A former chiropractor who pleaded guilty to six counts of sexual assault has been sentenced to two years minus a day in jail and two years of probation.
The sentence was handed down Wednesday by Justice Marta Burns in the Court of Queen’s Bench in Edmonton.
In March, Ronald Latch pleaded guilty to the assaults that happened between 1981 and 1990. The 67-year-old admitted to sexually touching six of his female patients, two of them children, with his hands and a vibrating tool.
“The abuse was repeated on some complainants, including the children, and the abuse was on six patients who reposed their trust in Mr. Latch,” Burns said Wednesday.
An agreed statement of facts submitted as part of his plea said that in December 2018, a woman reported to police that she had been sexually assaulted by Latch as a child in the 1980s when she attended his clinic.
When he was charged in March 2019, police put out a news release asking other potential victims to come forward. Charges relating to seven other female patients were then laid against Latch.
He became a chiropractor in 1981 and practised in and around Edmonton until he was charged in 2019. Burns noted that Latch has since lost his licence.
“The assaults varied from rubbing and massaging the women’s breasts to using a vibrator on their legs and genital area,” Burns said.
She also noted that an expert testified that there would be no therapeutic reason for a chiropractor to place their hands or fingers on someone’s breasts or genitals.
Crown prosecutors and Latch’s lawyer jointly recommended the sentence. Burns, in accepting the submission, said Latch’s guilty plea was a significant mitigating factor.
“It meant that the complainants did not have to testify,” Burn said. “It also meant that we would not have to go through a five-week trial through a judge and jury where the complainants would have to reveal this to a room full of strangers.”
Earlier in the day, victim impact statements from the six former patients were read in court.
None of them can be named because sexual assault victims are protected by a publication ban.
One woman’s statement, which was read by a victim support worker, said the abuse made her afraid to be alone with men and unable to have intimate relationships.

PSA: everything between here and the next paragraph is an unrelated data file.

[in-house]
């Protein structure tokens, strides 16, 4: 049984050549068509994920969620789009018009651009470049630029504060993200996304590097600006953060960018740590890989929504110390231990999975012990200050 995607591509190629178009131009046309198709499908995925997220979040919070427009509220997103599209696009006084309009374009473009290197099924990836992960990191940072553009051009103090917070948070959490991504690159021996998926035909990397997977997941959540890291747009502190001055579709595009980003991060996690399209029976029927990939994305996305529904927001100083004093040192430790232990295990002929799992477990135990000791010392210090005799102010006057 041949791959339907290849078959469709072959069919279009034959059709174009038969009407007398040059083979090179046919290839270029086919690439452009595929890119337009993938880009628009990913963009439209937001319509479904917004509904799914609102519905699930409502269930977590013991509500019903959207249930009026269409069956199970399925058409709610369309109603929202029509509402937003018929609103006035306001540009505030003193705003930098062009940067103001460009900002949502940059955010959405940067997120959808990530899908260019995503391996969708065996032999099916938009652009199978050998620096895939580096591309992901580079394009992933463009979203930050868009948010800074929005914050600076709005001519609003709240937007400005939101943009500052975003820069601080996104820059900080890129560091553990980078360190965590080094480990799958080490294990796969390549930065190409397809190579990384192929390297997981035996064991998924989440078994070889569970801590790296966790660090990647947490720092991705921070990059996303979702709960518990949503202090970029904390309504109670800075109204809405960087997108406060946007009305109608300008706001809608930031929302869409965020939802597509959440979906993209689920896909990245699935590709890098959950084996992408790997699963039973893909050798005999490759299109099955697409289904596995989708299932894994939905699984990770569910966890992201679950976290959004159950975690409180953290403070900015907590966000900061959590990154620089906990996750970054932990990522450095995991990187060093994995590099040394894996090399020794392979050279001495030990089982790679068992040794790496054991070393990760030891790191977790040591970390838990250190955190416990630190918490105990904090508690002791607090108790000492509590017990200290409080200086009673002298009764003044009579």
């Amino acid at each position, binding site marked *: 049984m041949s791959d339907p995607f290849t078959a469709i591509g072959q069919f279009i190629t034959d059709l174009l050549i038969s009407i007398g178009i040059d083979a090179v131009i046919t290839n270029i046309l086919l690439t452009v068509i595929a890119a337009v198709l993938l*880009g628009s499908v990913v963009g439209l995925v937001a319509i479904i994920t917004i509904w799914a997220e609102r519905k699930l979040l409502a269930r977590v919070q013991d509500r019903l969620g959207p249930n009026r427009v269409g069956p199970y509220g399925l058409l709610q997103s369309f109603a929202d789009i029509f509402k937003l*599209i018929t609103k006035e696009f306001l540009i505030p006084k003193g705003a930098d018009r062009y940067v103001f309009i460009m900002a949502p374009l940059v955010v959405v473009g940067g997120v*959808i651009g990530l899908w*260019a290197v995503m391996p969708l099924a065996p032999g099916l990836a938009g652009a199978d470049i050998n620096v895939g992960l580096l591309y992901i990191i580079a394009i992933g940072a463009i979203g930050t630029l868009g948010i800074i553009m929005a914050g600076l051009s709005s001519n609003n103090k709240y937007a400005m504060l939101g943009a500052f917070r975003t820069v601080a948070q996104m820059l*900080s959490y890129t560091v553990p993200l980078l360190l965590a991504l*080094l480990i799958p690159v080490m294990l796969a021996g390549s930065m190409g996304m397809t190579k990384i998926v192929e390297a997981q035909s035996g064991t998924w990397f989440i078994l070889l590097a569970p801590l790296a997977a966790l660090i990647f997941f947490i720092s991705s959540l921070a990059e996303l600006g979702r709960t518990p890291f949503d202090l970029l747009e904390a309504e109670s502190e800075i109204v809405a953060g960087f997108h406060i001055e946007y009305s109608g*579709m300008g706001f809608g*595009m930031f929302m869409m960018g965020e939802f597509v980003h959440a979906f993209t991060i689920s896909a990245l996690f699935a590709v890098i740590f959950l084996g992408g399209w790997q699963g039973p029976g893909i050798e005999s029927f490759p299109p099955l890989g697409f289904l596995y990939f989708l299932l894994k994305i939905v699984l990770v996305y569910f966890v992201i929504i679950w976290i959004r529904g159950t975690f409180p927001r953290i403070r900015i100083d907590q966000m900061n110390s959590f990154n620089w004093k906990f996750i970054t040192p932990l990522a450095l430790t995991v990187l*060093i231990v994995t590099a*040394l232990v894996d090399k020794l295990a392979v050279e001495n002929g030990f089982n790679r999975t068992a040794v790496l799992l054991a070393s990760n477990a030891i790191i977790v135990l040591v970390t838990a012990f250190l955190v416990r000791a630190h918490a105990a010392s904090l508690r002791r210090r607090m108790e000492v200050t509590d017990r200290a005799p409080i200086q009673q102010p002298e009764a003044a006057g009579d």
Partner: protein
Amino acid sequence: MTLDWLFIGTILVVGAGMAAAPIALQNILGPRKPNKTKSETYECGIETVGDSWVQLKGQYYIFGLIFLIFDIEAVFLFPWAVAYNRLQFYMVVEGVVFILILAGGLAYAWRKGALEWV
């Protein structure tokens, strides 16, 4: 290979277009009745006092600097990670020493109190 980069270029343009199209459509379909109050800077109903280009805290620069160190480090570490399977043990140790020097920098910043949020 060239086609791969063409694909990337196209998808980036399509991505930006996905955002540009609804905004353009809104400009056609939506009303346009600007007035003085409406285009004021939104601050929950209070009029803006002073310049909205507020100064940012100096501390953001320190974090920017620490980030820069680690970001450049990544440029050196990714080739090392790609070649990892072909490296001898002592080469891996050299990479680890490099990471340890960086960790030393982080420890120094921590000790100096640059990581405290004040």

“I found it difficult to trust (men), to become vulnerable with them, so instead I put up a wall and attempted to eliminate as much intimacy as I could,” she wrote in the statement.
“Due to this, I often found myself stuck in toxic and manipulative relationships, but it was a way that I could cope from the embarrassment and humiliation that I was still feeling.”
Another woman told the court that she and her sister were assaulted separately when they went to Latch’s clinic in the 1980s.
“I am angry that this man believed that he had a right to my innocence,” she said.
“I am angry that he thought he had a right to my body and I am angry that he felt he had the right to manipulate my family to pursue his desires on a child.”
She also said she has been angry at herself for not doing more to stop the abuse and for not coming forward sooner.
“I am angry to know that my inactions led to many more women being harmed by him.”
She said she knows intellectually that the abuse wasn’t her fault “but regardless of that knowledge, I have uncontrollable feelings that sneak in and cause me to maintain anger at myself.
“This man took away my ability to value myself away from me.”
Another former patient said she developed severe anxiety that causes her to have stomach problems.
An emotional Latch apologized for violating his patients’ trust.
“But I cannot ask for your forgiveness, because there can’t be forgiveness for what I have done,” he said.
“No matter what I am sentenced, my true punishment will be when I go before my maker.”
Latch will also have to submit a DNA sample to a national database, be designated as a sexual offender for life and cannot have any contact with his victims while he serves his sentence.